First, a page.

About Johnny Boogieman (né Johnathan Boogiemanovich Goode) is an American comedy reviewer and a self-proclaimed cinema connoisseur, billionaire, playboy, philanthropist. … Johnny grew up on a farm in Louisiana, as the only child of a Louisiana-based field worker, dressmaker, dog hairstylist, dog collar jewelry designer, dog walker for the elderly (dogs and owners), disabled and elderly dog walking aids creator-in-attempt, and homemaker, Dutch single mother. As large a clientele as dogs were for the barely-gasping-for-air family business, they were the proud owners of a single tabby cat alone, a streetwise and self-dependent hunter known by either of the street names Stringer Bell and El Capo (sometimes referred to as El Cato). … Having been amazed by the crazy wild early readings of Jules Verne, Johnny’s school days were spent dreaming he’d someday make for a good storyteller. Hence, as early as fourth grade, eager to prove himself to the world, he went for it and constructed a well-balanced heartbeat-skipping thrilling essay, pointing out to some well-reasoned critique of society and solid character arcs, committing to his talents to the fullest and diving right into that pool of majestic phrasing and complexity of thought, confident he’d soon get bejeweled with a spotless A and a pretty clap by the teacher, with gradually having the whole class join in looking up to him as he emerges from his seat to receive his essay evaluation. When results day came, though, little Johnny not only got a D, but he was mocked by the teacher and class for the gullible overexposure of his fragile overambitious mutating childish writing skills of questionable taste and poor poor quality. It was the “you’re tearing me apart, Lisa” equivalent of a child’s essay. He was rather massacred. He never got that brave ever again. … Anyway, Johnny mainly spent his summers field-working on a sunflower field with his uncle Berry under the widespread wings of the storks and the chesty white doves and clever black crows who all flew right under the neighbor’s umbrella caps patio ceiling installation thingy as soon as the first raindrop was godshed over the one-eyed monsters battalion that the sunflower sea was to Johnny. It drove the unwilling bird host nuts, and he’d storm right out yelling and cursing at the birds, “we’re going, we’re going” they went, and flew a semi-circle over the umbrella caps as to fool him and came right back the other way around pretending to be some fresh arrivals of clueless law-abiding American birds not yet acquainted with the police system of the patio. The guy wouldn’t take it out as it took ages to plant and he and his wife thought it made them look like fancy DIY people who had some ideas worthy of admiration. Oh, the bird manure, though, oh the bird manure. “Work your time, boy” – staring Johnny’s uncle frowned, his eye twinkled. … Cinema was to Johnny what he made plans for, what he made time for, what he looked up to all his life, and as he became a young adult, what he fancied himself to have a special talent to understand. It was the sort of a sixth sense, an intuition, a gut sense. He was the squad movie buff and a film whisperer. “No”, it whispered, “Fight Club ain’t no bueno. Mark my words and don’t ask why ‘cos you ain’t schooled enough to know why, boy.” He tried, though, he debated and disputed over a glass of scotch-on-the-rocks and under the jibe of a saxophone jazz, but it was as fruitless and dull as the poetry he wrote - unclean, uneven, and too abstract - as if he hadn’t found a voice to speak in yet. He did his part for years to come, reading as all writers ought to, writing and not publishing until he found out what he had to say with the peculiar piece of work. As for cinema, it happened one evening as he discussed legs-up-a-recliner their plans for the future with his lover-cum-best friend in their rented one-bedroom living space in New Jersey, that his lover casually contributed: “And then I thought we could start a film blog and you could do the content writing” – words that sunflower field Johnny with his gangster cat and his dewy eyes staring at the rainy-day con birds thought he’d never hear.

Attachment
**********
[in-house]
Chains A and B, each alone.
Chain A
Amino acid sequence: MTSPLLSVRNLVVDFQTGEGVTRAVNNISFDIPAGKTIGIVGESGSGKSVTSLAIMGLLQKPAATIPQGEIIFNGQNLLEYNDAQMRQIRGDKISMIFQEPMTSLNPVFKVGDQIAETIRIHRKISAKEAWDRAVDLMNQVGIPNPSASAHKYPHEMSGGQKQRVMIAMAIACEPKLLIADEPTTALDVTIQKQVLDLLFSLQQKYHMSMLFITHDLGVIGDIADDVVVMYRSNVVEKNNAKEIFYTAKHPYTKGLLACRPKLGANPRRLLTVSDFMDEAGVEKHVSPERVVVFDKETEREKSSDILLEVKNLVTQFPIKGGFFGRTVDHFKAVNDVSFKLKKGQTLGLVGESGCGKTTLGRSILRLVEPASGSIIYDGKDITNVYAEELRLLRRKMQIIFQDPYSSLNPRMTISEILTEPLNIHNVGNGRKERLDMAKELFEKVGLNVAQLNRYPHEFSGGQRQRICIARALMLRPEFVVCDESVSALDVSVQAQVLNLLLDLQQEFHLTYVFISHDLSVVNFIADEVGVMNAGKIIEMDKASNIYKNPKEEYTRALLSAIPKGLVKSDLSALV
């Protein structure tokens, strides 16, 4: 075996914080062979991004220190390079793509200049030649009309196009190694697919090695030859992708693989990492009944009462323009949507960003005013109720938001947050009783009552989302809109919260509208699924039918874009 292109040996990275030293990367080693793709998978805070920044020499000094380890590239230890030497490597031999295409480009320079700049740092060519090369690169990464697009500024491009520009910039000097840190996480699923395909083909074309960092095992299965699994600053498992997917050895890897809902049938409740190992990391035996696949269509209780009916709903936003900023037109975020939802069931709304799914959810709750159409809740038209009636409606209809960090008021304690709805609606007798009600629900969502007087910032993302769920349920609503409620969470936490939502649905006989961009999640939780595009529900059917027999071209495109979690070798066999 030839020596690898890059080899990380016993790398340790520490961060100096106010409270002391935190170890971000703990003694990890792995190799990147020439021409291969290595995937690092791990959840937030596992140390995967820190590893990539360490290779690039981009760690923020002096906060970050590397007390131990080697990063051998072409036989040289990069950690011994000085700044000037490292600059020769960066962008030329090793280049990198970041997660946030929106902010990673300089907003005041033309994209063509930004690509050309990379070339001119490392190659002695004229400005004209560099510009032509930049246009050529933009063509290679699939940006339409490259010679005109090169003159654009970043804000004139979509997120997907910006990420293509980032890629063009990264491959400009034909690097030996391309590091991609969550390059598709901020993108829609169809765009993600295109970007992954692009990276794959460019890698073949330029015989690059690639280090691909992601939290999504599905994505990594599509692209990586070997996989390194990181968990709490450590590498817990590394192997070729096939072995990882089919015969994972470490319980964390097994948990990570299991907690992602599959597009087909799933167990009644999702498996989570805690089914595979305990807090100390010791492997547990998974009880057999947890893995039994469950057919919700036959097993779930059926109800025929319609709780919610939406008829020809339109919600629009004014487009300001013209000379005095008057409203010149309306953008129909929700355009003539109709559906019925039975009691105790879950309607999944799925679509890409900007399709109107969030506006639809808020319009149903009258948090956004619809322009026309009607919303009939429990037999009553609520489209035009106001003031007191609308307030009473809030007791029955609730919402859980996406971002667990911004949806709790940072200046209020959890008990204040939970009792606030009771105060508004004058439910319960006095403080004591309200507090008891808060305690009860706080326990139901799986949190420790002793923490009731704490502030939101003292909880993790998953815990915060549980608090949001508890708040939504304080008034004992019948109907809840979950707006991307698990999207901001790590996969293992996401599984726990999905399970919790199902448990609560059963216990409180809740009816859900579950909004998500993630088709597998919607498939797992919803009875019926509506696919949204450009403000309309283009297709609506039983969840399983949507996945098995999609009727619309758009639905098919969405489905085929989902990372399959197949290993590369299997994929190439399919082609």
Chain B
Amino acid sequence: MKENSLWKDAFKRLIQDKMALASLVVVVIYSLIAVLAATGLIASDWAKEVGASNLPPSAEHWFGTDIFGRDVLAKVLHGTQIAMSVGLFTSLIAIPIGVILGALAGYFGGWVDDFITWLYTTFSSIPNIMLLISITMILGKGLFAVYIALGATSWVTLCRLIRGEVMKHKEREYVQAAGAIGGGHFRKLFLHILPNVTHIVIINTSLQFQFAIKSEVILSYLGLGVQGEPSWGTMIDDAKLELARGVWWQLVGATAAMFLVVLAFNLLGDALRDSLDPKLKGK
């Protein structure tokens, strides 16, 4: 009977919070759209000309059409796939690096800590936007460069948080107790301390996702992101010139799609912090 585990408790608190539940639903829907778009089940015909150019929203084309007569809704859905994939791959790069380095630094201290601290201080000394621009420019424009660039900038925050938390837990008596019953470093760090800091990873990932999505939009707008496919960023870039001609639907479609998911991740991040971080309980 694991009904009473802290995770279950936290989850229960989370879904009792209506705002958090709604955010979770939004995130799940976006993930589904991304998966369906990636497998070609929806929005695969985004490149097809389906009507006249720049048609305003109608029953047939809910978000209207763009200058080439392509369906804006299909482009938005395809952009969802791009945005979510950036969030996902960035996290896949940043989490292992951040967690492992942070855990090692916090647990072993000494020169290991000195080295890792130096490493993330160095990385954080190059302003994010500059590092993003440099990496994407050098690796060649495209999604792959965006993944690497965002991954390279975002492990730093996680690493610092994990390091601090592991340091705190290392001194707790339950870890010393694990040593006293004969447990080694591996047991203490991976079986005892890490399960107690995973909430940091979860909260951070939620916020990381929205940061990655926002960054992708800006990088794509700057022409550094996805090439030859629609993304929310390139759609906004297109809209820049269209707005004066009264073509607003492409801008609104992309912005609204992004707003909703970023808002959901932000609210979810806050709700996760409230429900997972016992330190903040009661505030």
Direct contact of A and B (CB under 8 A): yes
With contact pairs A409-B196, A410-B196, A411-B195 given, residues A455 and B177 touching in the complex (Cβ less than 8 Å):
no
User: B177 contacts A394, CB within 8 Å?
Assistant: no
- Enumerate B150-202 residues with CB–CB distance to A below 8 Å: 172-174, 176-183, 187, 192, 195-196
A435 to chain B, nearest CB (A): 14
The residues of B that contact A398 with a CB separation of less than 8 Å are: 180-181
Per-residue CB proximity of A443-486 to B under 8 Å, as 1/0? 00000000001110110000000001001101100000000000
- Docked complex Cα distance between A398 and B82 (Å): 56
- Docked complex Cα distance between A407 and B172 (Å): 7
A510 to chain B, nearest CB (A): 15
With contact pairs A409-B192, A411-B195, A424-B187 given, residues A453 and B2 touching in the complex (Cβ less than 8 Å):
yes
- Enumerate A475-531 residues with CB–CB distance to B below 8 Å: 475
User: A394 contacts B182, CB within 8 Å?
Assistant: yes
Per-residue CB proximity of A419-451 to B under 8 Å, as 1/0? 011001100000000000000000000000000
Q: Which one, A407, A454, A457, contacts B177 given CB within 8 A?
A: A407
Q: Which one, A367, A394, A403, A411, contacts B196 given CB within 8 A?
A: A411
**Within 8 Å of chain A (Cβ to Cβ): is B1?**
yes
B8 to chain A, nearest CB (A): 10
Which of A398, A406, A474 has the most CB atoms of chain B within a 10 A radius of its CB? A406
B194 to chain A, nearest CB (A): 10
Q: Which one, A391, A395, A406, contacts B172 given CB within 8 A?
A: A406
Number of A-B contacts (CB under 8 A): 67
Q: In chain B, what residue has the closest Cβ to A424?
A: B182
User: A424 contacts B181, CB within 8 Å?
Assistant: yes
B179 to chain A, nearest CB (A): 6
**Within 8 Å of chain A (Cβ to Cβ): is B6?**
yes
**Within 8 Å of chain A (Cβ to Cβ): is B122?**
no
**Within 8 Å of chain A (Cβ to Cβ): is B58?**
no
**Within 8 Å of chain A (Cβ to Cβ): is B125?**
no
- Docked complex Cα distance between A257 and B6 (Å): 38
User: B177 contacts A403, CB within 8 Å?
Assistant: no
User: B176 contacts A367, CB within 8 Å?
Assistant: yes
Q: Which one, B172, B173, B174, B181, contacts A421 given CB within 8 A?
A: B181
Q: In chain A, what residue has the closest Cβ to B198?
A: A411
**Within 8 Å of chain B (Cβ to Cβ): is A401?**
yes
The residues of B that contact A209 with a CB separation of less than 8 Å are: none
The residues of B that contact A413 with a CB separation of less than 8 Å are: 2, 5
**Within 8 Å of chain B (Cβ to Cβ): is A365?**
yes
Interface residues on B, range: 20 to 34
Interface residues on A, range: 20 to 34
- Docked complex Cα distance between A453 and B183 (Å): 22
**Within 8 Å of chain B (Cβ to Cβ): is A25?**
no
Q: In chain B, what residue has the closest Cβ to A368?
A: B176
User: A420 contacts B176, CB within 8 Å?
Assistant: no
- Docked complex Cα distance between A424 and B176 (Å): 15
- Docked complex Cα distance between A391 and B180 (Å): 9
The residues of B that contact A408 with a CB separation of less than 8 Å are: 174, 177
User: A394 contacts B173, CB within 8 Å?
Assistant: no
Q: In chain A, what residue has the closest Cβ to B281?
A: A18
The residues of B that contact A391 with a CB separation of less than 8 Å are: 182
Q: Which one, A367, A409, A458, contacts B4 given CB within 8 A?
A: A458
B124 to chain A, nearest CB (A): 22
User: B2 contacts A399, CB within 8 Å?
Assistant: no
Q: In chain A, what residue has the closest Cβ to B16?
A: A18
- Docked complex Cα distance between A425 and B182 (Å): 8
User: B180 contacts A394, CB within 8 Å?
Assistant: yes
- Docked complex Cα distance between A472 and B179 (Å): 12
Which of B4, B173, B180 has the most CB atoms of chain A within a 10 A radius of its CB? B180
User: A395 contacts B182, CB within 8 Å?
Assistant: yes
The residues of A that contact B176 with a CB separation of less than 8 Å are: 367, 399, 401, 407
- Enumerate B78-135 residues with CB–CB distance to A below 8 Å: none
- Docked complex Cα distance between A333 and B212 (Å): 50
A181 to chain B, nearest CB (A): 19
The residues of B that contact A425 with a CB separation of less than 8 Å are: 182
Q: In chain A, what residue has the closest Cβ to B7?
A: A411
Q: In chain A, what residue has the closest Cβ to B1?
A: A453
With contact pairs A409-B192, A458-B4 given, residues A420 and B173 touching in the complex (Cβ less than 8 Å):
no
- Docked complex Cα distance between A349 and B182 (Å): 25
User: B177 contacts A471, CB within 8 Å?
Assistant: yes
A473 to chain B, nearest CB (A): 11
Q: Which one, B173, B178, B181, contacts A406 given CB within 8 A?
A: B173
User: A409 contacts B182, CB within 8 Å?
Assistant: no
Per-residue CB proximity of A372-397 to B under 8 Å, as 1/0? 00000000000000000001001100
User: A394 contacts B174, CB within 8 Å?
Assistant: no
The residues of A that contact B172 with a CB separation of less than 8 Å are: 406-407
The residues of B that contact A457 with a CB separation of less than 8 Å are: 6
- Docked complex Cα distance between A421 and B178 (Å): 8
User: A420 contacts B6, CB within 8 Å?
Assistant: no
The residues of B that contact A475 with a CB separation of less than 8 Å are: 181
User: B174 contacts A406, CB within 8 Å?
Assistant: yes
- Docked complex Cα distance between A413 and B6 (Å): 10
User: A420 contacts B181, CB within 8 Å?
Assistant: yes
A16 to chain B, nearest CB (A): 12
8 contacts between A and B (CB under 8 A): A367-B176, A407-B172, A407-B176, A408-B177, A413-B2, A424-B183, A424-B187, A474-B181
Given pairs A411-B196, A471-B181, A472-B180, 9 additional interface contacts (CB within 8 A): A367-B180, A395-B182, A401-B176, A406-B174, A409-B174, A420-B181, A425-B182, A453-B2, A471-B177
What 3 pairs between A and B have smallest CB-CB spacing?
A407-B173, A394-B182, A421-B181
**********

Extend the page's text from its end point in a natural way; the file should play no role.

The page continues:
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2 Responses

  1. Hello Movie Boogie,

    My name is Mary Jane and I am working to promote State (Remix), a dark suspense film about a family, a murder, and a political conspiracy. It was written, directed, edited, and produced by first-time filmmaker Alain Nouvel. We were recently featured by Hollywood.com.

    I am writing to you because we want to partner with different organizations to help promote the film and reach new audiences. We were especially excited by your engaging and in-depth film reviews.

    Here is a synopsis of the film:

    “An old man, alone and abandoned by his only living relative, haunted by his role in altering the course of American history, prepares to commit suicide. His grandson, a traumatized veteran on the edge, caught between memory and reality, is trying to reach his estranged girlfriend who doesn’t know that he’s back – or gone awol. In one last, desperate attempt he seeks her out, but at this point everything is a trigger.”

    We are looking to set something up and maybe have the film reviewed. We can provide a screener link and press packet if you would like. Our instagram is @stateremix. If you are interested in working with us, please let me know. 

    Mary Jane